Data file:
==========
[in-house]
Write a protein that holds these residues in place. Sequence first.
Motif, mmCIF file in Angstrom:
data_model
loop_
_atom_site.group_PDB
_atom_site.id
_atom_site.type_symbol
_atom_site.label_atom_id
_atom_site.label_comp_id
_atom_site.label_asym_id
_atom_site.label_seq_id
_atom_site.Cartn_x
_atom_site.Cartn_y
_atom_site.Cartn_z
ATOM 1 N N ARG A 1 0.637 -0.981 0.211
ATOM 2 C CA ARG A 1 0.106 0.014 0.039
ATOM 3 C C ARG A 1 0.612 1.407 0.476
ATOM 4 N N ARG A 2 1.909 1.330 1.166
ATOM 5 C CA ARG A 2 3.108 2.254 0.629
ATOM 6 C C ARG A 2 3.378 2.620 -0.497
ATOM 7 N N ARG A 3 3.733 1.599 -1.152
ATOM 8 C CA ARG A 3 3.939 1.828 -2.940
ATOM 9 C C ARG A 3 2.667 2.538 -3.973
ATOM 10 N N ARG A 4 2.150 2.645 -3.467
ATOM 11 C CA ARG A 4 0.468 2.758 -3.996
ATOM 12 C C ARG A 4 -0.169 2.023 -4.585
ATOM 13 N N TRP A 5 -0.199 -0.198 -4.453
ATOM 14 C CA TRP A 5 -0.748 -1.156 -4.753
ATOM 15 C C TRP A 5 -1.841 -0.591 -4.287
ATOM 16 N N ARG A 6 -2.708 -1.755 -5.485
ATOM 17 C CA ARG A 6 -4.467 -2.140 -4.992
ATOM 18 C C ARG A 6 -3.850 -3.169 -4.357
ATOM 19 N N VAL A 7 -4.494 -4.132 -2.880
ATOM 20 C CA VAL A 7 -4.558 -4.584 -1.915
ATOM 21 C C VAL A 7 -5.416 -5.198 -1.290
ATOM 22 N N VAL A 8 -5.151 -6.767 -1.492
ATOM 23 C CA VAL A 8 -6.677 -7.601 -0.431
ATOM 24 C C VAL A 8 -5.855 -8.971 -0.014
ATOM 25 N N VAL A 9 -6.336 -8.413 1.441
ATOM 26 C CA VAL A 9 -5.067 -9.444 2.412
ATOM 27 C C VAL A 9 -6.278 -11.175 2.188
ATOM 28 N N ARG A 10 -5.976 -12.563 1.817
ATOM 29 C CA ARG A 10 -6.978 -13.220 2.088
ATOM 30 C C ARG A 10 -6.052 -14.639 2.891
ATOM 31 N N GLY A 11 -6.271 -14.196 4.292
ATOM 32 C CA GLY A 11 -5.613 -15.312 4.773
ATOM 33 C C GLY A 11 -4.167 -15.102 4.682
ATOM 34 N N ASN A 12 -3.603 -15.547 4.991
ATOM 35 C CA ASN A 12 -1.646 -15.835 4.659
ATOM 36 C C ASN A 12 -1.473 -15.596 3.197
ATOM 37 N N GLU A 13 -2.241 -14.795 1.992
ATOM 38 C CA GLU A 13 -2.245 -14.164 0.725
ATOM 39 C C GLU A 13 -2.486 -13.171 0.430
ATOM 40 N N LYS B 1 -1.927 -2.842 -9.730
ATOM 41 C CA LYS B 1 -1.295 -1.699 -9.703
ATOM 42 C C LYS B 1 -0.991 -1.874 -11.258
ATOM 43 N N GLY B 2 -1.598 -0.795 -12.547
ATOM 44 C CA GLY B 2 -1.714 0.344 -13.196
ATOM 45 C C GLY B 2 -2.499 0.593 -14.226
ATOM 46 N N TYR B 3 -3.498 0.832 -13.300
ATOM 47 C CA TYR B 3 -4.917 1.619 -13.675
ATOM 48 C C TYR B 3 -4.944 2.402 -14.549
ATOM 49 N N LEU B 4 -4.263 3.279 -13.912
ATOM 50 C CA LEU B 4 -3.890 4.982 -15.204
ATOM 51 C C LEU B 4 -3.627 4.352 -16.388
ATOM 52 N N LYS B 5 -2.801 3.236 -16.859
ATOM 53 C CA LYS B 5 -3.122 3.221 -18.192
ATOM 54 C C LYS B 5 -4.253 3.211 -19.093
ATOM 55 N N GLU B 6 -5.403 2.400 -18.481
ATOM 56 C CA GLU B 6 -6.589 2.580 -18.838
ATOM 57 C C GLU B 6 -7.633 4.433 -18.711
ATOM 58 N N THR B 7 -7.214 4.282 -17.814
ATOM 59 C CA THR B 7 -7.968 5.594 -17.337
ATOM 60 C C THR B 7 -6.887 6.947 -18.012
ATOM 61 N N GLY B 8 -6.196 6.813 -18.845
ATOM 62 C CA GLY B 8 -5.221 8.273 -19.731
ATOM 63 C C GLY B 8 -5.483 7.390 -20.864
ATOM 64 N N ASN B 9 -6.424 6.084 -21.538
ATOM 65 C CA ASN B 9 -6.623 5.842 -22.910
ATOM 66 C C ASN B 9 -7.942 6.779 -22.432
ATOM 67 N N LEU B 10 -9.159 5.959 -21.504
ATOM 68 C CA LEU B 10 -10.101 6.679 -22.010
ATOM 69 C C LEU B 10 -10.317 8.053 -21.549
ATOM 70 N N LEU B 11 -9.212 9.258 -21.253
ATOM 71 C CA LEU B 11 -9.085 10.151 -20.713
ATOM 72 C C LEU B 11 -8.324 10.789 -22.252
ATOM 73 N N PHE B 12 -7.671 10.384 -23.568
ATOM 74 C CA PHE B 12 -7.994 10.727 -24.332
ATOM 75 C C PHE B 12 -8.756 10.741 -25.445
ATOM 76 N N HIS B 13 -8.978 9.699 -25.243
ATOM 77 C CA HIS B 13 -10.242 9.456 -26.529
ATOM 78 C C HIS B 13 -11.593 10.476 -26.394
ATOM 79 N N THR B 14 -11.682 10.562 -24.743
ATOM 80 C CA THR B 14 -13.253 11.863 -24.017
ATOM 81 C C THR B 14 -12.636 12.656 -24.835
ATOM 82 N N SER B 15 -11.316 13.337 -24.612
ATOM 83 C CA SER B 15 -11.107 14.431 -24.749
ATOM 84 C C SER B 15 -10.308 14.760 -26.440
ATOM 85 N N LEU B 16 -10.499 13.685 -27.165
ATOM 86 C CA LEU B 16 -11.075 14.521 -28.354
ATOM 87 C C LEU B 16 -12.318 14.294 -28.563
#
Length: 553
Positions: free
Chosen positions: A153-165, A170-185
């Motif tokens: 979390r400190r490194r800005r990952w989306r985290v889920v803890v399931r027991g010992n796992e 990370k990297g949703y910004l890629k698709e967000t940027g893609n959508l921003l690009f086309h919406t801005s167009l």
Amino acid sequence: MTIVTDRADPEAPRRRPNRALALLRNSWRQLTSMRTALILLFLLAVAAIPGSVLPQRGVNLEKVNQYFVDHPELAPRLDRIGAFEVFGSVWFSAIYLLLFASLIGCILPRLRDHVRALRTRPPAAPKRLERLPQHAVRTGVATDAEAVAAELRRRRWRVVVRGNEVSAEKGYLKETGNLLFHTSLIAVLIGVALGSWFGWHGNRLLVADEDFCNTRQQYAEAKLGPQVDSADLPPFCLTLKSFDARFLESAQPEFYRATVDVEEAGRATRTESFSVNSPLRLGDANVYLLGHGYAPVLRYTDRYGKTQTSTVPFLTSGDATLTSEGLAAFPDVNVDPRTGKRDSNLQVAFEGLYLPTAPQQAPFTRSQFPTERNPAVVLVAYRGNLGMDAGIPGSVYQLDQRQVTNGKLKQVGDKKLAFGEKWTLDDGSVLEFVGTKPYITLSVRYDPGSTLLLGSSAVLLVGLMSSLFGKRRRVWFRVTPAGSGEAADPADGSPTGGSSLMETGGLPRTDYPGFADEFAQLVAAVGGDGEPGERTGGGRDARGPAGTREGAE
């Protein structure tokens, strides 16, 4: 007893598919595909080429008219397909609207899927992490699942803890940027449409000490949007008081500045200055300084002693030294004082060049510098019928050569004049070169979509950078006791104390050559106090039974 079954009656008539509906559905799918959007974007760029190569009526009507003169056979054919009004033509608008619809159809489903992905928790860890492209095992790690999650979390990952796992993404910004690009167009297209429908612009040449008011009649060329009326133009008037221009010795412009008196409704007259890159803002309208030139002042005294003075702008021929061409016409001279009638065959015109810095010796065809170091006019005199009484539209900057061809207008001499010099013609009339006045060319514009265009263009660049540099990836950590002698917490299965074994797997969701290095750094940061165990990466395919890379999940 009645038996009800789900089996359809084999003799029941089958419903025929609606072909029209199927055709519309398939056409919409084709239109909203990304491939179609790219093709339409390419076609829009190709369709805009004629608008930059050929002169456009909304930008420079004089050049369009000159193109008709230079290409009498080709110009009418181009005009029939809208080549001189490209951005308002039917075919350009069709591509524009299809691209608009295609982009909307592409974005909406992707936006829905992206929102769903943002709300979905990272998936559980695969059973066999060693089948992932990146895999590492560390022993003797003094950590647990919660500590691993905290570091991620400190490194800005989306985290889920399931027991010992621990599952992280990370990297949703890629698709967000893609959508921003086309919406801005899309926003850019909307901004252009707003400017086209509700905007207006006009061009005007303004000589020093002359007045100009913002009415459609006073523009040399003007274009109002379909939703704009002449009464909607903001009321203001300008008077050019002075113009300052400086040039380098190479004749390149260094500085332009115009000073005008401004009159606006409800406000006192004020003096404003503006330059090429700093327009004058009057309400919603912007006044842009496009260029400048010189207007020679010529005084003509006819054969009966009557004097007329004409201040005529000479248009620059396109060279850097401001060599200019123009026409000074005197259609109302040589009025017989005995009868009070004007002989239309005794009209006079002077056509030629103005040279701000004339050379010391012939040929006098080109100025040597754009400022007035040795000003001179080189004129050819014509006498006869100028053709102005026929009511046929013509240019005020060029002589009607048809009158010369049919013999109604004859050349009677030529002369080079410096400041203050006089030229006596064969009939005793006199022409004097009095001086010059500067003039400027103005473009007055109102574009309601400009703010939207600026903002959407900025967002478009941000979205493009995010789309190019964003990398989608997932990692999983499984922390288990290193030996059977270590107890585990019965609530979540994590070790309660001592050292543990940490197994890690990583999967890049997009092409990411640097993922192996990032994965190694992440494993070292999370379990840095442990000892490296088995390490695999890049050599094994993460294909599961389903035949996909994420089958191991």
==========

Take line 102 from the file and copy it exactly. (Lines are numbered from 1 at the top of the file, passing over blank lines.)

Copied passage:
ATOM 87 C C LEU B 16 -12.318 14.294 -28.563